Lamda Development’s revenues are expected to take a big hit in the fourth quarter of the year after the government's decision to put the country back into lockdown mode, forcing shopping malls to close just weeks ahead of Christmas.
According to analysts and market officials, 2021 will be a better year for the company, but this will depend on the course of the pandemic and the extent to which Greek consumers switch to online shopping during - and after - the pandemic.
With the new lockdown applying until (at least) the end of the month, the three shopping centers owned by Lamda Development, in Athens (The Mall and Golden Hall) and Thessaloniki (Mediterranean Cosmos), will shut their doors, taking a massive bite out of group revenues.
For November, Lamda’s rental income will be reduced by 40%, in line with government support measures aimed at the retail sector. There will also be a further cost from the extra support Lamda provides its tenants, as was the case in the first lockdown earlier this year.
As a result, the company's retail EBITDA, ie earnings before taxes, interest, depreciation and amortization for the three malls, is expected to decrease in the fourth quarter by 70% to about 5 million euros, compared to 16.5 million euros for the same period last year, according to analyst estimates.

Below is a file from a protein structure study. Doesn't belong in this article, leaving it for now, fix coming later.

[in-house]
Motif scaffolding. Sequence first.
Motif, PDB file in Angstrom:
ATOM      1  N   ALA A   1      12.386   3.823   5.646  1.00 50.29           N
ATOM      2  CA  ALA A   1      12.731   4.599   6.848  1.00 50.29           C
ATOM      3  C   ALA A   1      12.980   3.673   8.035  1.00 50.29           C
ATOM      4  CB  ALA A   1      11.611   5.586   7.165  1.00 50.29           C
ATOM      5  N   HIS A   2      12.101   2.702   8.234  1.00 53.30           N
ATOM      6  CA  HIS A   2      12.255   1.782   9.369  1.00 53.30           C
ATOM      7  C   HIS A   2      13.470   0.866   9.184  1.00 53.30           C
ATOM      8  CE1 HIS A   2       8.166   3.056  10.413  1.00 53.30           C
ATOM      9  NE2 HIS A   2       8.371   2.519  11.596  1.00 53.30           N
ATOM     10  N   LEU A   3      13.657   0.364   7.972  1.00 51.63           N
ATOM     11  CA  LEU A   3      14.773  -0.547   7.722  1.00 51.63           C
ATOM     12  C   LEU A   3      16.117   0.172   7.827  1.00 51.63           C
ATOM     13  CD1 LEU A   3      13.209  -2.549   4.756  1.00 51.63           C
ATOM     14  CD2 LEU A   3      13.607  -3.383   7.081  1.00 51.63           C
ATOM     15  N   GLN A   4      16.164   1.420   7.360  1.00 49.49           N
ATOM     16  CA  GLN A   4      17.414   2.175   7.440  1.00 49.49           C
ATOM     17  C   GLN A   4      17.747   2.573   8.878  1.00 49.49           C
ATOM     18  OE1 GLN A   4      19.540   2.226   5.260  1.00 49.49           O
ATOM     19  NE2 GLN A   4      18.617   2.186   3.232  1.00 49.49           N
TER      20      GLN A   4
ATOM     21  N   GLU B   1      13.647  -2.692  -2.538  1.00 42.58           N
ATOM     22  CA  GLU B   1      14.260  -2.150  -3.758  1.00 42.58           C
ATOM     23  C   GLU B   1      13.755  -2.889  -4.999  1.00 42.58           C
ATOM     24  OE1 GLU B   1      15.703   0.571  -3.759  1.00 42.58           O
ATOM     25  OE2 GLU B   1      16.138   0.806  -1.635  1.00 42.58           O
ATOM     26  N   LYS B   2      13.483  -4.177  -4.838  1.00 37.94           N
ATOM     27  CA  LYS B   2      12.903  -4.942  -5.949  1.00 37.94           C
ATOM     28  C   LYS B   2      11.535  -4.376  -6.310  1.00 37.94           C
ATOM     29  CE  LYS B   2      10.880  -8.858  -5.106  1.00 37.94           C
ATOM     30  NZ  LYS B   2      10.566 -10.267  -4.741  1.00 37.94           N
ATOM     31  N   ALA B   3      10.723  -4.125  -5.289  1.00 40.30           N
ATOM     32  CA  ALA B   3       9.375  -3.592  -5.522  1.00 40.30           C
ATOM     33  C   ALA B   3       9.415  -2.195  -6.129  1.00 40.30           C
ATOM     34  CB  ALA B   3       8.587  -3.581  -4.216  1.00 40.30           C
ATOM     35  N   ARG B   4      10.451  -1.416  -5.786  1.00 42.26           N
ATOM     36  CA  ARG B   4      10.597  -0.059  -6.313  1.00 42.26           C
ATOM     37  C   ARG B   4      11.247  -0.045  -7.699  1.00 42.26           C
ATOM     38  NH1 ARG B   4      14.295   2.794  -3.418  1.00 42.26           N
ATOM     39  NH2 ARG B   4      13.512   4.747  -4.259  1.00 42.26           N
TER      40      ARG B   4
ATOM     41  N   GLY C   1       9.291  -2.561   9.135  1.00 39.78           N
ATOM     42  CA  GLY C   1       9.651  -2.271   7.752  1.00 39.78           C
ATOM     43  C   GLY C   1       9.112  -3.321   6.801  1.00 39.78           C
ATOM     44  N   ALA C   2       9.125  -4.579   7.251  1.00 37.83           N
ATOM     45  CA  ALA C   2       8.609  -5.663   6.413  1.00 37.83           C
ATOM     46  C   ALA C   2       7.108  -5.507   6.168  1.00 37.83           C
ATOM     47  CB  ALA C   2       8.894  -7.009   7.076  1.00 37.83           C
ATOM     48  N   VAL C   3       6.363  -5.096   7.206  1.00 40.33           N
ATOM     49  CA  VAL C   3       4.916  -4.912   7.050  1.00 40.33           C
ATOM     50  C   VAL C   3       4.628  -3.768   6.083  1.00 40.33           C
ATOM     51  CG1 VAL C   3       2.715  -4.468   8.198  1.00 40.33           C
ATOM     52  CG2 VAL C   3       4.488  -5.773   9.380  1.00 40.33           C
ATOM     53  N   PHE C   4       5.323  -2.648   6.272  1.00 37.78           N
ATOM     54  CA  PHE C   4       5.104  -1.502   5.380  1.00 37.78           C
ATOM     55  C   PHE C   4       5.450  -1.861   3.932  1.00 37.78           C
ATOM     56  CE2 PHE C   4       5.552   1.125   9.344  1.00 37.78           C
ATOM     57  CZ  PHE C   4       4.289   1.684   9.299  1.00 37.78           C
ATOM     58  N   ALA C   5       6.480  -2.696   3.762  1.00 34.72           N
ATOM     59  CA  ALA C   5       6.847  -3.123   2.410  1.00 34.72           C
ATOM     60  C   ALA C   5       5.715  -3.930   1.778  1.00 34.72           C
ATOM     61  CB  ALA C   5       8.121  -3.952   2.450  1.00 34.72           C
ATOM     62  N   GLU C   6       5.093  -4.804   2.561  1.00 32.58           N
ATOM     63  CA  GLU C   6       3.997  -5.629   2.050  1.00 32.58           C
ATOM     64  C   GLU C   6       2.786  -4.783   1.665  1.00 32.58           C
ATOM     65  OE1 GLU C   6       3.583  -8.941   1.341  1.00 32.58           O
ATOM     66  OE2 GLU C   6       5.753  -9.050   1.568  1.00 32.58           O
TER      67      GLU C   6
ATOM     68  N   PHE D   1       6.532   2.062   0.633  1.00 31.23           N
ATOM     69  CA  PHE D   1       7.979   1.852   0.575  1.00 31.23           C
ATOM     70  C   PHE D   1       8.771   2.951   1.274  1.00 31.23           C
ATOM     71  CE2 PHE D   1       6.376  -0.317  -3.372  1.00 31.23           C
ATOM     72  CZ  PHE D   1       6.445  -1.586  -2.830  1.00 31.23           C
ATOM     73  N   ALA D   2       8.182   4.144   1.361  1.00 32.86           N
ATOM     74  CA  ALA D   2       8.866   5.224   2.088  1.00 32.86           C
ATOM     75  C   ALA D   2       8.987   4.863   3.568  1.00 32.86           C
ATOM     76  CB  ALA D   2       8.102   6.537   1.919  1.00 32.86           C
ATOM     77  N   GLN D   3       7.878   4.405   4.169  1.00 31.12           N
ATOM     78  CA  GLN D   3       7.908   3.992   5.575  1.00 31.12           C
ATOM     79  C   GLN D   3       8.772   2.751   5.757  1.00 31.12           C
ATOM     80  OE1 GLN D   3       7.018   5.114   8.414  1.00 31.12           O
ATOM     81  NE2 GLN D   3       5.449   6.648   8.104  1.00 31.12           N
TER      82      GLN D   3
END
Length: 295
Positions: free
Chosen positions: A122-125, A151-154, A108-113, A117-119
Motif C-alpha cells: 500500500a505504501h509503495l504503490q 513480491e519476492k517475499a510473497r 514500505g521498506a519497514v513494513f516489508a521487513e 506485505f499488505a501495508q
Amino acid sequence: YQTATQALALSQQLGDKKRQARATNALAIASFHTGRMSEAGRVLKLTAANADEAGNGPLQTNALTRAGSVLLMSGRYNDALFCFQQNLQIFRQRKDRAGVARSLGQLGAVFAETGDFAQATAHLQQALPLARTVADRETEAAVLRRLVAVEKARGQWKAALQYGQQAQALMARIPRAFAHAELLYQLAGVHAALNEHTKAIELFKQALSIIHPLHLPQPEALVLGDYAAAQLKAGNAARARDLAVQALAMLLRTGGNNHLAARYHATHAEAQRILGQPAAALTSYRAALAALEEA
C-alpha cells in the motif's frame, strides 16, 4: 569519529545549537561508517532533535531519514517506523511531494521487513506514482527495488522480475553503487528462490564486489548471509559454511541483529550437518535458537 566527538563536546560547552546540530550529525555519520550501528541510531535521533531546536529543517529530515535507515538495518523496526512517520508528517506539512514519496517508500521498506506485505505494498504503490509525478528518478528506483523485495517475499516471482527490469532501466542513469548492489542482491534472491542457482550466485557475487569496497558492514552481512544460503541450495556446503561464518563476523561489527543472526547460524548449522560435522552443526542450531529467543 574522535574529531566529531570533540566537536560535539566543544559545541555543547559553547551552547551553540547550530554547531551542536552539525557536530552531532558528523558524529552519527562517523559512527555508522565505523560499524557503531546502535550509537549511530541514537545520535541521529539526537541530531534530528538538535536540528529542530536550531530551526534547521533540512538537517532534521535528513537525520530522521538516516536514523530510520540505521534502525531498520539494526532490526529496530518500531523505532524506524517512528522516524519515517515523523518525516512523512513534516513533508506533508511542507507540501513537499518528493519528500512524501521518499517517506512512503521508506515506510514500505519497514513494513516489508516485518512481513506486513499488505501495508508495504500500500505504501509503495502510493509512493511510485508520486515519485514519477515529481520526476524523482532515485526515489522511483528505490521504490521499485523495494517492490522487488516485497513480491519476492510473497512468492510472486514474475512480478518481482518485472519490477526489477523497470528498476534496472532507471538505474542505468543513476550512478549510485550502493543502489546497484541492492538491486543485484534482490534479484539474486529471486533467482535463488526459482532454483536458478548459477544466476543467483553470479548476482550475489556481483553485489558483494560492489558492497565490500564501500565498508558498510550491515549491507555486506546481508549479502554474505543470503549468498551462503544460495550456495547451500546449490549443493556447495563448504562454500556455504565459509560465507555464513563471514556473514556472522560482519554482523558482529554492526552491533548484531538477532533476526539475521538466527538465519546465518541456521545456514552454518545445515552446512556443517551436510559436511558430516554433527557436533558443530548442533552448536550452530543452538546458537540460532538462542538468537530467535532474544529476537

While many retailers are bracing for a tough Christmas period, Lamda is taking the opportunity to strengthen its relationship with shopkeepers by offering an extra discount on rental payments amounting to 30 percent.
This means that the total discount offered by Lamda may reach 70 percent in a bid to strengthen its long term ties with the store owners, many of which rank among the country's largest and strongest retailers.
Meanwhile, many of these stores are strengthening their online presence, preparing for a digital future that relies considerably less on physical stores.
This is perhaps the most worrying trend for officials at Lamda as Greeks increasingly shift to online shopping as witnessed in the first lockdown period.
Surveys show that 50% of new users who turned to the internet for their purchases in Greece are believed to remain digital shoppers after the pandemic, while 57% of stores are positive about the future of online shopping.
It is worth pointing out, however, that when stores opened to the public again in May, there was a satisfactory return of shoppers to the malls. However, it remains to be seen whether this will be repeated when the latest batch of restrictive measures targetting the pandemic are lifted, whenever this happens.